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Though there had been a history of interschool collaboration in Gilgandra, there appeared to have been only limited contact with members of the community. The established relationship between the schools allowed planning and development to begin without delay and generated an energy and enthusiasm for the task that lasted throughout the project. Momentum was not unduly slowed even when illness caused a change of AEAs early in the project. The role of the AEA in making links with community members and encouraging their participation was a major focus of the project.

A key issue for this project was the gaining of permission from the local Aboriginal Land Council to use The Pines for the Maths activities. A Land Council member attended most of the team meetings and this contributed greatly to the partnership developed between the learning team and the local Pines committee. (The Board of Studies publication, Working with Aboriginal Communities: a Guide to Community Consultation Protocols, can provide guidance on an appropriate consultation process.) Throughout the project, community members shared local knowledge and histories, contributed to planning and development and participated in the day at The Pines.

The 2004 project at Gilgandra used the Aboriginal Cultural Centre at Balladoran for their Mathematics project. Balladoran was another site where the local Aboriginal community lived both before and after the huge flood of 1955. The Cultural Centre has been developed by Ralph and Audrey Naden with many of the traditional lifestyle settings and artefacts.

A very large number of community members joined the students for the day and accompanied each group to activities and provided background information about the traditional use of each structure and artefact.

The 2005 project was supported by a community member who also worked as a volunteer in the school. His involvement in the project started in 2003 and he shared his experiences with other parents and community members.

An unintended, but very significant, outcome of the Mathematics projects has been the increased involvement of parents and community in a number of other school projects.

Research papers that discuss the increase in community capacity that results from experiences of school and community partnership building can be found on this website.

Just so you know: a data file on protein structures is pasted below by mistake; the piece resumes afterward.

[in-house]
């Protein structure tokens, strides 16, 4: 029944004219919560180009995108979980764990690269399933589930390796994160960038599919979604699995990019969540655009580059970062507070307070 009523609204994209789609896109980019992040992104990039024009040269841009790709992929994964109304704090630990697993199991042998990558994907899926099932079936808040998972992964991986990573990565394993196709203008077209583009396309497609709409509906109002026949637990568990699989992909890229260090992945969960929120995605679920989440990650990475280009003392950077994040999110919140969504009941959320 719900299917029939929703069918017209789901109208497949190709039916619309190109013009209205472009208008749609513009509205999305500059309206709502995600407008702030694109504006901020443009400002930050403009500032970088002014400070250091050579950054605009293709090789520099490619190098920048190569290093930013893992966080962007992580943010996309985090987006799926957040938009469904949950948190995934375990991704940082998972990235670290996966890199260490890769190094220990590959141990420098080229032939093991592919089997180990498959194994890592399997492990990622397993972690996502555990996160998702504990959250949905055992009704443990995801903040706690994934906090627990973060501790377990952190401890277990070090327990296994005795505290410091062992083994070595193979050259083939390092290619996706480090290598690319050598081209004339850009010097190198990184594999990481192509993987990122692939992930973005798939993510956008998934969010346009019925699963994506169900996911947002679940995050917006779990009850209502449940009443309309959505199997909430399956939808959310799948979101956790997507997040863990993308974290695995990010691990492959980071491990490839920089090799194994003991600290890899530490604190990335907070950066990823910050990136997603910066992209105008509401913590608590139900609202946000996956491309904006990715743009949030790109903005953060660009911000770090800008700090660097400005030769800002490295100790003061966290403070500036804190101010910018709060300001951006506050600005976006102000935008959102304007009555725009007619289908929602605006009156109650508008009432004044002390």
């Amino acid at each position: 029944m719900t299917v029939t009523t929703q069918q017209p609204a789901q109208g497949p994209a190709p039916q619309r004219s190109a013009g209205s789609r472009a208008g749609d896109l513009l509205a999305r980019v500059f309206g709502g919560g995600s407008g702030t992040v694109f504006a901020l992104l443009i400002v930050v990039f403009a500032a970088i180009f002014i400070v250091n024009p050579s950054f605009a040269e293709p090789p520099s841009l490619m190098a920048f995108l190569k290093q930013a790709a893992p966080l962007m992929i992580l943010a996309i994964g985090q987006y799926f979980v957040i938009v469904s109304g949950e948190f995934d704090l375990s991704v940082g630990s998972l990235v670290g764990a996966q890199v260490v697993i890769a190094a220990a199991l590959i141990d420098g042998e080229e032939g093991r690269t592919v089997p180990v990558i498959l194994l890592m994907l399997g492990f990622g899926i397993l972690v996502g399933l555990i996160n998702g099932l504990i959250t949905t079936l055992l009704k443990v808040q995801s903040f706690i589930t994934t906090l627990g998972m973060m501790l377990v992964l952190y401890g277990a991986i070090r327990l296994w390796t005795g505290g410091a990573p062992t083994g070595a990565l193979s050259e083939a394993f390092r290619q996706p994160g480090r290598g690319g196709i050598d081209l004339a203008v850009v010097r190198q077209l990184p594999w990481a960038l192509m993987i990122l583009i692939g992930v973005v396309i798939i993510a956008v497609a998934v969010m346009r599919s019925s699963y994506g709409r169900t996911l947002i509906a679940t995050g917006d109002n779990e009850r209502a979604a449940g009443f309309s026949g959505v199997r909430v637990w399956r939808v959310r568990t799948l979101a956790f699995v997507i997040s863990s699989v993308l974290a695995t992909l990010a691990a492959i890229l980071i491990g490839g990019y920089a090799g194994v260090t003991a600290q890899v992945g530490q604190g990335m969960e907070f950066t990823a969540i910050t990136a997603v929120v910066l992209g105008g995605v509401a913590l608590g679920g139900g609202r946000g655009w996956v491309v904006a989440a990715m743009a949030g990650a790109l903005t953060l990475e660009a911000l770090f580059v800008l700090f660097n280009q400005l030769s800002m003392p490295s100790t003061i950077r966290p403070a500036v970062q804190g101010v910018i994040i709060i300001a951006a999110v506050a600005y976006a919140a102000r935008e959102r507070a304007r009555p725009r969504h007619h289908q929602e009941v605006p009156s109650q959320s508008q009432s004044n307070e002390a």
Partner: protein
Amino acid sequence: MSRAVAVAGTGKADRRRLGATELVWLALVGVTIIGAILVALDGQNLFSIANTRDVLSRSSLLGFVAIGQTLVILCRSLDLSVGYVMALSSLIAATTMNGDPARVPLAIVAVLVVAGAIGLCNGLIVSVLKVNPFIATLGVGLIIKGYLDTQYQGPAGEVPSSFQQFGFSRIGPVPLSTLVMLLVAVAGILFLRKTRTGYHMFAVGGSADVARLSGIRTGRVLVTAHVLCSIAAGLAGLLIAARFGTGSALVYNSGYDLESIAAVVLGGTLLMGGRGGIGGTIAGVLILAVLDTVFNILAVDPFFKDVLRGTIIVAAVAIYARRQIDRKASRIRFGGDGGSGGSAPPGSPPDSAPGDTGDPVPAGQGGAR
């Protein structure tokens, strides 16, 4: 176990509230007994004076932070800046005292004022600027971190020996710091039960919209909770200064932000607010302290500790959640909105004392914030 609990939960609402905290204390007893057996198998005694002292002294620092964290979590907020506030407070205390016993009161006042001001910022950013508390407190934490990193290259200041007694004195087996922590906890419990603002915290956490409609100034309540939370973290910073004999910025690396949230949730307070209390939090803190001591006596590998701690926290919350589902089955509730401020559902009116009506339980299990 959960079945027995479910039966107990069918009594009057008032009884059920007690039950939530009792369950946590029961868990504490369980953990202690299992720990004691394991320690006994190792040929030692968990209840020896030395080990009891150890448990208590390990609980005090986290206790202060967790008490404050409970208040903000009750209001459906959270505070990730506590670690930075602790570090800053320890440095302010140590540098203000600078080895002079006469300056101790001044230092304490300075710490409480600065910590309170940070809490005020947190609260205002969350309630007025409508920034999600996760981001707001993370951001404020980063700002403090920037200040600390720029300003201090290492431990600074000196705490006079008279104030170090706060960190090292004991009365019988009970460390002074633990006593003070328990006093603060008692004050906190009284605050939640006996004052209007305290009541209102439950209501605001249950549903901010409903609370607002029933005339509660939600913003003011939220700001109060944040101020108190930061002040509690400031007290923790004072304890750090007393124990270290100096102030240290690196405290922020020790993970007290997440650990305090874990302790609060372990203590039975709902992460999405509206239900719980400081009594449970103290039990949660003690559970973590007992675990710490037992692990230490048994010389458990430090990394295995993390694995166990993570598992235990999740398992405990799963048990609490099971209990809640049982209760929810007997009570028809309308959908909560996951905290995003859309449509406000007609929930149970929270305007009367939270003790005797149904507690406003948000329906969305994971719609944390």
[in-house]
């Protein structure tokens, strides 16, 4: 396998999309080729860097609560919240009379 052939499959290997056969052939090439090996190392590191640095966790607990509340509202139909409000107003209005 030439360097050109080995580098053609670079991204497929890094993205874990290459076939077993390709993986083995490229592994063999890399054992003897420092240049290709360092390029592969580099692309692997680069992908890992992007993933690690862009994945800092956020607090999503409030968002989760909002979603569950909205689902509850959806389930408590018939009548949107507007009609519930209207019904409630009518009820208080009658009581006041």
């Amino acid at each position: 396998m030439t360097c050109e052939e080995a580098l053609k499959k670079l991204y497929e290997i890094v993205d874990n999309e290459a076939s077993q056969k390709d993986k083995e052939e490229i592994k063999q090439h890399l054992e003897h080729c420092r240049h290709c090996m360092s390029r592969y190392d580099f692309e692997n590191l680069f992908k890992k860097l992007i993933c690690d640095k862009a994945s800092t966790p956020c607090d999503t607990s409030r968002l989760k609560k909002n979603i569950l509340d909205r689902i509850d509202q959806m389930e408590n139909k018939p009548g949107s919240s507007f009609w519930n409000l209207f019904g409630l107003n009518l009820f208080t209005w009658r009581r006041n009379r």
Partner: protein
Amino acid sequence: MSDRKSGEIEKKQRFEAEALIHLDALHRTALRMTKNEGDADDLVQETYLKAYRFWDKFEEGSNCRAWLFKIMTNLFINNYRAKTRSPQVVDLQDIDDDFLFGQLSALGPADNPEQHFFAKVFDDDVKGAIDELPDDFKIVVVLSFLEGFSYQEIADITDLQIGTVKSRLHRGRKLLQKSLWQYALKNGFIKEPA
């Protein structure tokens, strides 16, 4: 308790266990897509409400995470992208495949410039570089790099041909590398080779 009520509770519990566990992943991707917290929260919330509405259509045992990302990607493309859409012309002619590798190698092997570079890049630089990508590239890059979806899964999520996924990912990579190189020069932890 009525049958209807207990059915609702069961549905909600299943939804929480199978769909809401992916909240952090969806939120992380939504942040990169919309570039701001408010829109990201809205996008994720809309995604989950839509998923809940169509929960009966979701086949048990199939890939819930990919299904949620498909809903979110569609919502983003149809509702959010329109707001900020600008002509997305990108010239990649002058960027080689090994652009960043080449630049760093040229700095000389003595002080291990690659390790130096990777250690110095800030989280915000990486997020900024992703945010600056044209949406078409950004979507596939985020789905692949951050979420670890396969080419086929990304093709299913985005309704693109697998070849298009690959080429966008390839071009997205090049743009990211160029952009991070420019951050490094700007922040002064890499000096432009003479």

At Coonabarabran there had been little history of contact between the teachers of the primary and secondary schools, even though the schools were on the same site. The primary school AEA was already working on a range of projects with teachers, and issues over the employment of an AEA in the high school initially hindered the collaboration. However, these issues were resolved through the enthusiasm and involvement of a parent member of the team who was involved throughout the planning and implementation of the units. The parent also encouraged the participation of several elders in the activity day at the Warrumbungles.

Teachers Steve and Jan represented stage 4 Teacher Tara and Aboriginal Education Assistant Michelle represented the primary school Suellyn, community member


At Warren Central School the AEAs and the Aboriginal Education Resource Teacher (AERT) gained permission from the community to use The Beemunnel for a 'Big Day Out' activities day as part of the project. The school had previously used the area for NAIDOC activities. The area had been the home of many members of the Aboriginal community in Warren.

Community members were invited to share their knowledge and expertise with the students to design and paint Aboriginal artefacts. Additional activities were also developed as part of the unit of work that culminated in the Maths day at The Beemunnel.


A community meeting was held at the local RSL Club to present information to parents, community and schools about the project. It was very well attended and parents and community were encouraged to participate. Additional information about Aboriginal languages was also presented at the meeting at the request of the community.

An activity day was planned at the primary school for students in Stage 3 and Stage 4 (Year 7 students). There was enormous interest from parents and community which was evident from their attendance on the day to observe and interact with the students.

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